After 40 years old, having an eye exam every 18 to 24 months is a good idea.
At around 60 years of age, annual exams should be considered because of the increased risk of developing cataracts, glaucoma, macular degeneration and other diseases of the aging eye.
Annual exams are absolutely necessary for patients with diabetes. If you have diabetic retinopathy (leaking retinal blood vessels in diabetics), more frequent exams may be necessary.
An annual exam and contact lens evaluation is necessary for contact lens’ wearers. The annual exam will ensure there are no unwanted affects of contact lens wear and make sure the contact lens prescription is up-to-date.
What are cataracts? How are they detected?
What are cataracts?
Defined as a clouding of the lens of the eye, cataracts affect an individual’s vision. The lens is the clear part of the eye that helps focus light on an image on the retina. The retina sends signals to areas of the brain responsible for vision. The lens must be clear for the retina to receive a sharp image. If the lens is cloudy from a cataract, the image will be blurry. Because most cataracts are related to aging, they are common in older adults. Although cataracts are generally related to aging of the eye, other risk factors for cataracts are smoking, diabetes and ultraviolet light.
What are the symptoms of cataracts?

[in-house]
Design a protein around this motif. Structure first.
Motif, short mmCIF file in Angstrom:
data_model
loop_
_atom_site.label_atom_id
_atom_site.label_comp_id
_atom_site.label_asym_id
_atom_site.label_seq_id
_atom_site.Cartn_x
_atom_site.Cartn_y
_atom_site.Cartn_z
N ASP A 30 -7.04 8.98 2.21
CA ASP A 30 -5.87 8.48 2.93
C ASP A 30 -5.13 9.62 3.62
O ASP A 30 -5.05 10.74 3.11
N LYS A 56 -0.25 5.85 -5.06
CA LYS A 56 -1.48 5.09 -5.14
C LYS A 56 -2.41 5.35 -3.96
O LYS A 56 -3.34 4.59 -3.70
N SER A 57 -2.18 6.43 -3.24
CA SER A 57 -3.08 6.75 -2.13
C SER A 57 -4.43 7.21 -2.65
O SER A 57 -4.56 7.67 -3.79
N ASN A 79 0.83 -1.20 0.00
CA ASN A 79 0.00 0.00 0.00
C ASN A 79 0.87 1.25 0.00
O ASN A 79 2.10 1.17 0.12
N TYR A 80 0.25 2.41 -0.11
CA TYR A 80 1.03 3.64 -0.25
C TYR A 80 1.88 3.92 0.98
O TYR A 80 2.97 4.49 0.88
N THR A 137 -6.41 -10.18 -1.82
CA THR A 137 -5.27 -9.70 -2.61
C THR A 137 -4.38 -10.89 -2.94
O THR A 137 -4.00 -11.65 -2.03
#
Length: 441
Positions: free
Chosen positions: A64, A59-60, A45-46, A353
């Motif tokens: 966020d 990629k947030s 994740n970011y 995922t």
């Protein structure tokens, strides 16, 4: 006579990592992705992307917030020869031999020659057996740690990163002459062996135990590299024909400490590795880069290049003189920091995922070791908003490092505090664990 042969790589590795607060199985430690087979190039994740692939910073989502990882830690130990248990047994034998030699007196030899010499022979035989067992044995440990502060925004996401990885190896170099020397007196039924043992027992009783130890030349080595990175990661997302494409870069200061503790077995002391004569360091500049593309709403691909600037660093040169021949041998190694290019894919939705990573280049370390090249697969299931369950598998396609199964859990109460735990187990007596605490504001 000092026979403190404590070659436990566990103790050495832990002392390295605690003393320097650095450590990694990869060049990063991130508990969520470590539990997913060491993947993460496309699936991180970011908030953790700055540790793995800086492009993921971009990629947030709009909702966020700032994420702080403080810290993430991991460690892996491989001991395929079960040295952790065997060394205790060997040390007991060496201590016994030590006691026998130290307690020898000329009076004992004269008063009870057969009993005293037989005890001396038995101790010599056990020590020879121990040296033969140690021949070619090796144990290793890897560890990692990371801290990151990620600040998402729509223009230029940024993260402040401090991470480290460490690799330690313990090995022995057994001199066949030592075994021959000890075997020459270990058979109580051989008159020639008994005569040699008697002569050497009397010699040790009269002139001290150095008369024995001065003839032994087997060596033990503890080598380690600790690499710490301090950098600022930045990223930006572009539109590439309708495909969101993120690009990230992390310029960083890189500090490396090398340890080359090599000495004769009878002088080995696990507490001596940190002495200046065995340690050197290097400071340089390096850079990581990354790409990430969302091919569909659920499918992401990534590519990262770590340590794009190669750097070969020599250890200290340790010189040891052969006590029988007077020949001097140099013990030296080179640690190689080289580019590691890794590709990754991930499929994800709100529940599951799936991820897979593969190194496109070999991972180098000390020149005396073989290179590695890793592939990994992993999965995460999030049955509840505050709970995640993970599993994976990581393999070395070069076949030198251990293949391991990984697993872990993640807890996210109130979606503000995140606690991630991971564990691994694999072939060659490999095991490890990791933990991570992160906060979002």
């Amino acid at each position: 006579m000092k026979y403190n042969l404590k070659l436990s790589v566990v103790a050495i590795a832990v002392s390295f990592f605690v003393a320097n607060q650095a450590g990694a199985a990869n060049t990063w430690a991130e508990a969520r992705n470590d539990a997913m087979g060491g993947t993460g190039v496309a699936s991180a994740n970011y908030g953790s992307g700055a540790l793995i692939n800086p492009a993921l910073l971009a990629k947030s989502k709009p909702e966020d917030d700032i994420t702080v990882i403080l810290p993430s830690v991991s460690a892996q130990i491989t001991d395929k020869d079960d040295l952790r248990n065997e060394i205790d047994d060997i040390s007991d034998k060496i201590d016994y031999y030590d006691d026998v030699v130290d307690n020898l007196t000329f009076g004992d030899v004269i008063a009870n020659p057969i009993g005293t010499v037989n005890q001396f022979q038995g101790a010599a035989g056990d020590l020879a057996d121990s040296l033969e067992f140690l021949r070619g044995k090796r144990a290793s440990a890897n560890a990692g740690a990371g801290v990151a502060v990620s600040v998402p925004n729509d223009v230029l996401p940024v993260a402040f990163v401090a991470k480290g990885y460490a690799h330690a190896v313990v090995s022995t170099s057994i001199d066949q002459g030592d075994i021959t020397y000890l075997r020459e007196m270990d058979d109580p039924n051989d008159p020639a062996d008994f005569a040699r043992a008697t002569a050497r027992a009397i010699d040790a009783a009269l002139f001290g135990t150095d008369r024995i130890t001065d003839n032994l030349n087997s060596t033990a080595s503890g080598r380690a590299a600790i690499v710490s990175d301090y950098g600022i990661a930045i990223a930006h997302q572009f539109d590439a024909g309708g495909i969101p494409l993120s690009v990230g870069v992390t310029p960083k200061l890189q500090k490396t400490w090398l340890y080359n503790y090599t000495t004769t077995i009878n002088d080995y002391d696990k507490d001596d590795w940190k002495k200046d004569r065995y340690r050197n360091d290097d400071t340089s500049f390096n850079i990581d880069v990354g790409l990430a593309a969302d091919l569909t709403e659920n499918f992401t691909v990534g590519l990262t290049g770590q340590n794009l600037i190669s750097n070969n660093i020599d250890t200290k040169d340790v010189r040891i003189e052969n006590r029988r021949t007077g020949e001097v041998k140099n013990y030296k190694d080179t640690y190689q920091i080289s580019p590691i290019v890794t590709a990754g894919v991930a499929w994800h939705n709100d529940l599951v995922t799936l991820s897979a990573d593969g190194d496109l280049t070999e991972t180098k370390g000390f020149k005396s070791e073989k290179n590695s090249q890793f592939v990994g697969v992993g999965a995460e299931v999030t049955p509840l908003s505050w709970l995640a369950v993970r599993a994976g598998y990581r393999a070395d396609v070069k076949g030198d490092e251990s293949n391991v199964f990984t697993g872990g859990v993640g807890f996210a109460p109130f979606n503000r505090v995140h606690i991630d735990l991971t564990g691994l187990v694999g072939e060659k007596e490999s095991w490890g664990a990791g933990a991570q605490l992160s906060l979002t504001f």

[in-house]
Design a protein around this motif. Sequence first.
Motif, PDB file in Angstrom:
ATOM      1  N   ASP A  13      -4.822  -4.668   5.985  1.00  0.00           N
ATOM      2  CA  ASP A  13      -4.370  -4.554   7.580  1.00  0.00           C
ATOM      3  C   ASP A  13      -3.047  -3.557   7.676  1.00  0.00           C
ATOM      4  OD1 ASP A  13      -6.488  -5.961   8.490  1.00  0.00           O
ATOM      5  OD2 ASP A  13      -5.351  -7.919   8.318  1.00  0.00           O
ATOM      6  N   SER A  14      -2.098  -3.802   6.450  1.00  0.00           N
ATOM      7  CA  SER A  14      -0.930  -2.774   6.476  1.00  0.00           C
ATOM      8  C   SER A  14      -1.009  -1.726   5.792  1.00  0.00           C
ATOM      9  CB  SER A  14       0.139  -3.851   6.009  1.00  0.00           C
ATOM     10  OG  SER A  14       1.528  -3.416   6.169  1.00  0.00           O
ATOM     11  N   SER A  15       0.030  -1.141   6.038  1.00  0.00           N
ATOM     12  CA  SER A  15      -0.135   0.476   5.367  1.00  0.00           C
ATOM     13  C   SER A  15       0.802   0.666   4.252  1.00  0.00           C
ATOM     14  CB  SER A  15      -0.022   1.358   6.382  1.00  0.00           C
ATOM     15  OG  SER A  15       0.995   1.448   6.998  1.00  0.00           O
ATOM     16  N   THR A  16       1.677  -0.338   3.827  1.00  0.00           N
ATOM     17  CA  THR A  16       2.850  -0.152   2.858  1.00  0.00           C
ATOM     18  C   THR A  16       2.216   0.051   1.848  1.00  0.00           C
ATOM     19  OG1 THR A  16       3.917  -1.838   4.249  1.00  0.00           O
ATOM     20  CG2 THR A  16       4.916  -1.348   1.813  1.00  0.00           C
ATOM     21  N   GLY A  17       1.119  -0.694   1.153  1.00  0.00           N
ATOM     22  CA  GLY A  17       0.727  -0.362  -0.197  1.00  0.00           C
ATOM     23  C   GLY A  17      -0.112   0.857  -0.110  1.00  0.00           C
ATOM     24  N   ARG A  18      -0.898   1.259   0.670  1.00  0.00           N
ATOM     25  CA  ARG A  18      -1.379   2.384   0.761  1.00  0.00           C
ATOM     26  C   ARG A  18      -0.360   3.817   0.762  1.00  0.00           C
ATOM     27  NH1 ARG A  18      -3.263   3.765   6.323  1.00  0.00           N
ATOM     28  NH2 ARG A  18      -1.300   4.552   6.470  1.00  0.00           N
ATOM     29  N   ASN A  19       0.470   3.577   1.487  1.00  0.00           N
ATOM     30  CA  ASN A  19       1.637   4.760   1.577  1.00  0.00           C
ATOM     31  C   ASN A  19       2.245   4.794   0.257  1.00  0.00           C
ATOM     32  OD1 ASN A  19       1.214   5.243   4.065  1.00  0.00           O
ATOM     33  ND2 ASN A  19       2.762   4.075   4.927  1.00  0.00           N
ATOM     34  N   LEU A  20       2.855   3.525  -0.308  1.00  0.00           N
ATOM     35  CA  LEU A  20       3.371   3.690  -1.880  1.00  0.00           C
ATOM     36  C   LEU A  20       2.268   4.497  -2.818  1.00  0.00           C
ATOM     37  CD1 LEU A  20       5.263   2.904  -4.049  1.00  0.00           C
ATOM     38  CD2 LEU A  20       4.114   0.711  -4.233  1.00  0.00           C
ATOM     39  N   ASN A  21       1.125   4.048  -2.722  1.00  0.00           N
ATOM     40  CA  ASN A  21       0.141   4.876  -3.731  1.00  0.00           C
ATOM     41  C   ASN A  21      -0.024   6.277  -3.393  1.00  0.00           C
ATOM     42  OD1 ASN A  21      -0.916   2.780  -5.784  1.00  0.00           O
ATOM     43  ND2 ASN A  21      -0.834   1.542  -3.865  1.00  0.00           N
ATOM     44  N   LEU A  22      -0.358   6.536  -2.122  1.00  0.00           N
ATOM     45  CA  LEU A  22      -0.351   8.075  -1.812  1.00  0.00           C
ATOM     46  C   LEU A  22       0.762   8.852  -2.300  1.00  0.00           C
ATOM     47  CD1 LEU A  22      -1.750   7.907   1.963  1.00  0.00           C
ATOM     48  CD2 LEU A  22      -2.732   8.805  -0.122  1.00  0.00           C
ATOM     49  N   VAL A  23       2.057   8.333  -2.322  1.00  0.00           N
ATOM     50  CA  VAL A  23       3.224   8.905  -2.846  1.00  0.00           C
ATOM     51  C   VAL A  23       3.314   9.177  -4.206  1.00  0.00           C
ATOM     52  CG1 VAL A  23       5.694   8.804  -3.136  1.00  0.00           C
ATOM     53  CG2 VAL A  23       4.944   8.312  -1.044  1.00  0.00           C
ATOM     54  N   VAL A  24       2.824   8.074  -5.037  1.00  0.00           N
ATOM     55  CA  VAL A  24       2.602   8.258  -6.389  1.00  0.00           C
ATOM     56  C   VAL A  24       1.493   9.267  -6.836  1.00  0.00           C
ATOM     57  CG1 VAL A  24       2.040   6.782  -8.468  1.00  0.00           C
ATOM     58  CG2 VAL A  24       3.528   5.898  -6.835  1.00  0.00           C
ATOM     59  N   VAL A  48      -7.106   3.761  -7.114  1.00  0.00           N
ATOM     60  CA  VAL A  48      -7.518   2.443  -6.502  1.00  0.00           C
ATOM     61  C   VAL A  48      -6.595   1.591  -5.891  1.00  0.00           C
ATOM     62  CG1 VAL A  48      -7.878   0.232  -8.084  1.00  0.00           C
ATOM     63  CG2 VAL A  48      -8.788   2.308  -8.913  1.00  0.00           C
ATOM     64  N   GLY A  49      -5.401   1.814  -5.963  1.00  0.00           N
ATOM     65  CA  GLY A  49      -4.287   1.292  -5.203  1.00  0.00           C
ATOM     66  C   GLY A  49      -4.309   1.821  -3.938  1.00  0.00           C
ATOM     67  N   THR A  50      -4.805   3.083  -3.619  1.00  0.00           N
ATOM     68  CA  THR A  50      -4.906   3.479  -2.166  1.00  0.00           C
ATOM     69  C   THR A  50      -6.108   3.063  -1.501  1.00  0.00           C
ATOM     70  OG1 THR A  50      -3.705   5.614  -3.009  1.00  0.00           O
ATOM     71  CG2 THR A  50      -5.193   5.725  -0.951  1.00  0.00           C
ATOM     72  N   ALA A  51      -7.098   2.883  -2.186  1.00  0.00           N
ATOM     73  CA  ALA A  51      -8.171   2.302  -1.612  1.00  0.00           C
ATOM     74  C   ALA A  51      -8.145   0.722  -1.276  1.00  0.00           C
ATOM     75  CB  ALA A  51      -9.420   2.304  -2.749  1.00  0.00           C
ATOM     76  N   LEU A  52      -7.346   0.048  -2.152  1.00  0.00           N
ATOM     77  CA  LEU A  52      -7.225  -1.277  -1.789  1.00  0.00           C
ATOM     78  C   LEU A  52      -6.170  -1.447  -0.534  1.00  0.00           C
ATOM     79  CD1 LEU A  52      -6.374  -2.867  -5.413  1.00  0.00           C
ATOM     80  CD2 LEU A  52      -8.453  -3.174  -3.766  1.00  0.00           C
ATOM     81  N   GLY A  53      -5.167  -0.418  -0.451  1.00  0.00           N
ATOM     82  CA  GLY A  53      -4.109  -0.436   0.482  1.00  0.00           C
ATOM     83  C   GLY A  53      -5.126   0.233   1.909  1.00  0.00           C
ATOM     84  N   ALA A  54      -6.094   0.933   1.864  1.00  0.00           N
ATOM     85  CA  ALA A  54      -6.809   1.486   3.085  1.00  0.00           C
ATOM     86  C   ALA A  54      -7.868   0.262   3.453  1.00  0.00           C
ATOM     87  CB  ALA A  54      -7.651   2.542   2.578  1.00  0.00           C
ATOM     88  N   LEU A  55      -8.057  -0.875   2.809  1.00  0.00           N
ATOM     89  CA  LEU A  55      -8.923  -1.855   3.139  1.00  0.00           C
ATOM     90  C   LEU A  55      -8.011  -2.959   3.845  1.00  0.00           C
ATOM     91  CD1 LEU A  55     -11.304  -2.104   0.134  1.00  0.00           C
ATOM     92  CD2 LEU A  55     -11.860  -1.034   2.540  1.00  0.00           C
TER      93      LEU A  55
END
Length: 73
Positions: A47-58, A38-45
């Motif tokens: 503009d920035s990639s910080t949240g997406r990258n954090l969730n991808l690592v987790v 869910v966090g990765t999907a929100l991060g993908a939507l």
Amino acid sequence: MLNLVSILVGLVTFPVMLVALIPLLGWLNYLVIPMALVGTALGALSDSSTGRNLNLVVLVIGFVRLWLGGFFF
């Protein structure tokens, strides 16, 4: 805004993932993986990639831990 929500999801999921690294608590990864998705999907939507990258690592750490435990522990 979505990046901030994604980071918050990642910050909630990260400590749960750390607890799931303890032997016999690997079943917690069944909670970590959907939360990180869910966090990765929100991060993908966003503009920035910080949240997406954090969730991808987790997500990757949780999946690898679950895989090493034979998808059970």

- Cloudy or blurry vision
- Colors become faded
- Glare from lights or sunlight appears too bright
- A halo may appear around lights
- Poor night vision
- Double vision or multiple images in one eye
- Frequent changes in eyeglass prescription
How are cataracts detected?
Cataracts are detected through a comprehensive dilated eye exam. Early cataracts may be improved with a new eyeglass prescription, brighter lighting or magnifying lenses. Once the lens of the eye becomes too cloudy, a change in prescription may no longer be sufficient. Surgery (out patient) may be the only effective treatment, which involves removing the cataract and replacing it with an artificial lens. Surgery should only occur when vision loss interferes with everyday activities such as driving or reading.
What is the treatment for cataracts?
When cataracts are mild, they often can be treated with a change in the spectacle prescription. However, once the lens of the eye becomes too cloudy, changes in the eyeglass prescription is no longer effective. At this point, cataract surgery is the best way to restore sight.
Surgery typically involves making a small incision in the front of the eye and removing the cataract. Through the same incision, a plastic lens is inserted into the eye. Healing time is typically one month or less.